What is the Food Safety Modernization Act ?
The FDA Food Safety Modernization Act (FSMA), the most sweeping reform of our food safety laws in more than 70 years, was signed into law by President Obama on January 4, 2011. It aims to ensure the U.S. food supply is safe by shifting the focus from responding to contamination to preventing it.
What does FSMA cover?
There are five major elements included in the Food Safety Modernization Act:
- Preventive controls - For the first time, FDA has a legislative mandate to require comprehensive, prevention-based controls across the food supply to prevent or significantly minimize the likelihood of problems occurring.
- Inspection and Compliance - The legislation recognizes that inspection is an important means of holding industry accountable for its responsibility to produce safe food. FDA is committed to applying its inspection resources in a risk-based manner and adopting innovative inspection approaches.
- Imported Food Safety - FDA has new tools to ensure that imported foods meet U.S. standards and are safe for our consumers. For example, for the first time, importers must verify that their foreign suppliers have adequate preventive controls in place to ensure safety, and FDA will be able to accredit qualified third party auditors to certify that foreign food facilities are complying with U.S. food safety standards.
- Response - For the first time, FDA has mandatory recall authority for all food products. FDA expects that it will only need to invoke this authority infrequently since the food industry largely honors our requests for voluntary recalls. The agency has other new authorities that are also in effect: expanded administrative detention of products that are potentially in violation of the law, and suspension of a food facility’s registration.
- Enhanced Partnerships - The legislation recognizes the importance of strengthening existing collaboration among all food safety agencies—U.S. federal, state, local, territorial, tribal and foreign--to achieve our public health goals. For example, it directs FDA to improve training of state, local, territorial and tribal food safety officials.
There are seven foundational rules that FDA has proposed to implement FSMA which will become final in 2015 and 2016 including:
- Preventive Controls for Human Food: Requires that food facilities have safety plans that set forth how they will identify and minimize hazards. Original rule proposed January 2013; supplemental rule to add specific language for important provisions proposed September 2014. Final rule issued: Sept. 10, 2015.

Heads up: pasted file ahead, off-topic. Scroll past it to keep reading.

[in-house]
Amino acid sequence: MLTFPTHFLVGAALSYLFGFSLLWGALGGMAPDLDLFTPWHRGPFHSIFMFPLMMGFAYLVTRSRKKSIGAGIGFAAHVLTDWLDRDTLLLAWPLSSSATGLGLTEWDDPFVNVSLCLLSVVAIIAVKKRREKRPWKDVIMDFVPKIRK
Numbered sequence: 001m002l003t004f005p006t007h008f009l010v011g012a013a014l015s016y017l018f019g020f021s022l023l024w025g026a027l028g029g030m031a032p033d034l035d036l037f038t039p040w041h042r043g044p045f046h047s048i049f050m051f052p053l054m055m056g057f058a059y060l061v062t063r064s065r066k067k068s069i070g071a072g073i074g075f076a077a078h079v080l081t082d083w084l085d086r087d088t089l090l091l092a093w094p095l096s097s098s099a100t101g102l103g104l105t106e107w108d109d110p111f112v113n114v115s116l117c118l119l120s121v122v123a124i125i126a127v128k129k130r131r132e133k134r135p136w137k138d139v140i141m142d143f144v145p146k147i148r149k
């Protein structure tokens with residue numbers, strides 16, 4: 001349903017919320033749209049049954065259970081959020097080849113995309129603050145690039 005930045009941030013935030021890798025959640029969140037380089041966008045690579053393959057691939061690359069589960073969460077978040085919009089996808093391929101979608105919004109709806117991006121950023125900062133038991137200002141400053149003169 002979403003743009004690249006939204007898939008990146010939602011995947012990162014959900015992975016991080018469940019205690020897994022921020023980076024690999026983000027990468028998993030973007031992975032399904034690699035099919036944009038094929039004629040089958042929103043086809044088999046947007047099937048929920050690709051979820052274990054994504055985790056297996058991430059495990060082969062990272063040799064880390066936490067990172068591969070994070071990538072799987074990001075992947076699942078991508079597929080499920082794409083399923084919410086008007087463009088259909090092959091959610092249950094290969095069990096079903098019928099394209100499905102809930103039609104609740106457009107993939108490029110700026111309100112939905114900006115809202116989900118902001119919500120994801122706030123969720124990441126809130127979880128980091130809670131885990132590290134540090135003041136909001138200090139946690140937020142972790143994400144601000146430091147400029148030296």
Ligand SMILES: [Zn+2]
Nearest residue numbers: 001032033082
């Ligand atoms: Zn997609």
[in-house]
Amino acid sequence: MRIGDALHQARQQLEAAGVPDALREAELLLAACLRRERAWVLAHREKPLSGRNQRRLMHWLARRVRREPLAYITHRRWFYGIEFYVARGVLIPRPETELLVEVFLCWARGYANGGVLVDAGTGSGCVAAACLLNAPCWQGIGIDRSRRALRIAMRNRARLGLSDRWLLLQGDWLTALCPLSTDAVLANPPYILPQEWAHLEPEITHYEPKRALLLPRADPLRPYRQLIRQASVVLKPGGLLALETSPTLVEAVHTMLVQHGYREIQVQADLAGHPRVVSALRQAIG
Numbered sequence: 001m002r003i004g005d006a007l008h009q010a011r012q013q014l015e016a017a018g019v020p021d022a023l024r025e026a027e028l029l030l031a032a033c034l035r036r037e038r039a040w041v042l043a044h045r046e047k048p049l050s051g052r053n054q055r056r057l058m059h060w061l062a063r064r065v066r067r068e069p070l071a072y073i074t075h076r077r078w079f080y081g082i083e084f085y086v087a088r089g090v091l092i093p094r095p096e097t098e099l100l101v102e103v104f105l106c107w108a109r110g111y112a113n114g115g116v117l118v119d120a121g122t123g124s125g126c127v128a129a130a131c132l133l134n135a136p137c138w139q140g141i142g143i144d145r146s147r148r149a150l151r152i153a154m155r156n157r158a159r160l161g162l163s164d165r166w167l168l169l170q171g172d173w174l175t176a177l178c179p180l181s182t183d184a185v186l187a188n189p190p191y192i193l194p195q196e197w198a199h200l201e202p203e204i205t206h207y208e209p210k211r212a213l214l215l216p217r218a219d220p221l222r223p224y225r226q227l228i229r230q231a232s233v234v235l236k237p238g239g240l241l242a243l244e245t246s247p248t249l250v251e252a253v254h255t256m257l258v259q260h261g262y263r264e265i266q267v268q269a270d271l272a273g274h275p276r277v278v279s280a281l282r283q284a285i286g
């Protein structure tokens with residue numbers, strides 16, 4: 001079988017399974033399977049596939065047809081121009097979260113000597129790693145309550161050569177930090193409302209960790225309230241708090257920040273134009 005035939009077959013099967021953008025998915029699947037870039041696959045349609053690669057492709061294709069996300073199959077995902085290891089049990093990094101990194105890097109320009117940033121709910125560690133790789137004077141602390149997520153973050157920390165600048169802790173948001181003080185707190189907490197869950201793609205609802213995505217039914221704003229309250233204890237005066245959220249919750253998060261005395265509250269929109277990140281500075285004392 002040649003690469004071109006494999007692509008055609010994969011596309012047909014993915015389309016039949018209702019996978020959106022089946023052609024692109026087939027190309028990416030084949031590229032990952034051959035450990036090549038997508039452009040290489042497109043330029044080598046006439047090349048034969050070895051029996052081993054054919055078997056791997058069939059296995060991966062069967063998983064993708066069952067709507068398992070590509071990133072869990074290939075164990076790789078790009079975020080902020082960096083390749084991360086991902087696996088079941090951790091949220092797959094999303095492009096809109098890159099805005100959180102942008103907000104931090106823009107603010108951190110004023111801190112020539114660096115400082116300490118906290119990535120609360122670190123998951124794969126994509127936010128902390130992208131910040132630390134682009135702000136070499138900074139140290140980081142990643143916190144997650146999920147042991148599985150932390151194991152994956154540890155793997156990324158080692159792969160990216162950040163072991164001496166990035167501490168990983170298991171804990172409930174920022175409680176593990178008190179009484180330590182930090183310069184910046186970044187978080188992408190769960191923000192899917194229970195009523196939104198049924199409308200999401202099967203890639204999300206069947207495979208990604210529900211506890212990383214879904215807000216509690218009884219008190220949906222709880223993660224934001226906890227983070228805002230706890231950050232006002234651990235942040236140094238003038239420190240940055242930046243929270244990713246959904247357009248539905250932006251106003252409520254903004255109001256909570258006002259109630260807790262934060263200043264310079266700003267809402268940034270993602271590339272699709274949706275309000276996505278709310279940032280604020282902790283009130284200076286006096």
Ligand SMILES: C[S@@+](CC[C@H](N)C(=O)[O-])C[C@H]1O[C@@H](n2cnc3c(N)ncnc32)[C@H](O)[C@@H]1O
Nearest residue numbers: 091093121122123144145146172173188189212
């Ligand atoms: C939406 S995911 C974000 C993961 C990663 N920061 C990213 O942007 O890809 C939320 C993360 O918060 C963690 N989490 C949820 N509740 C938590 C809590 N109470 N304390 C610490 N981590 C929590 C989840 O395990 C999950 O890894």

- Preventive Controls for Animal Food: Establishes Current Good Manufacturing Practices and preventive controls for food for animals. Original rule proposed October 2013; supplemental rule to add provisions geared specifically to animal foods proposed September 2014. Final rule issued: Sept. 10, 2015.
- Produce Safety: Establishes science-based standards for growing, harvesting, packing and holding produce on domestic and foreign farms. Original rule proposed January 2013; supplemental rule to amend key areas proposed September 2014. Final rule issued: Nov. 13, 2015.
- Foreign Supplier Verification Program: Importers will be required to verify that food imported into the United States has been produced in a manner that provides the same level of public health protection as that required of U.S. food producers. Original rule proposed July 2013; supplemental rule to provide, among other provisions, more flexibility in determining appropriate verification measures proposed September 2014. Final rule issued: Nov. 13, 2015.
- Third Party Certification: Establishes a program for the accreditation of third-party auditors to conduct food safety audits and issue certifications of foreign facilities producing food for humans or animals. Proposed July 2013. Final rule issued: Nov. 13, 2015.
- Sanitary Transportation: Requires those who transport food to use sanitary practices to ensure the safety of food. Proposed January 2014. Final rule issued: Apr. 5, 2016.
- Intentional Adulteration: Requires domestic and foreign facilities to address vulnerable processes in their operations to prevent acts intended to cause large-scale public harm. Proposed December 2013. Final rule deadline: May 31, 2016.
What is FDA's strategy for providing training opportunities to the food industry?
FSMA training will encompass various members of the food industry, including domestic and foreign food producers and domestic importers. The FDA will work with partners around the world—including the Alliances, regulatory counterparts, and multinational organizations—to promote training to the global community of food suppliers. Read more about the FDA's strategy in the link below.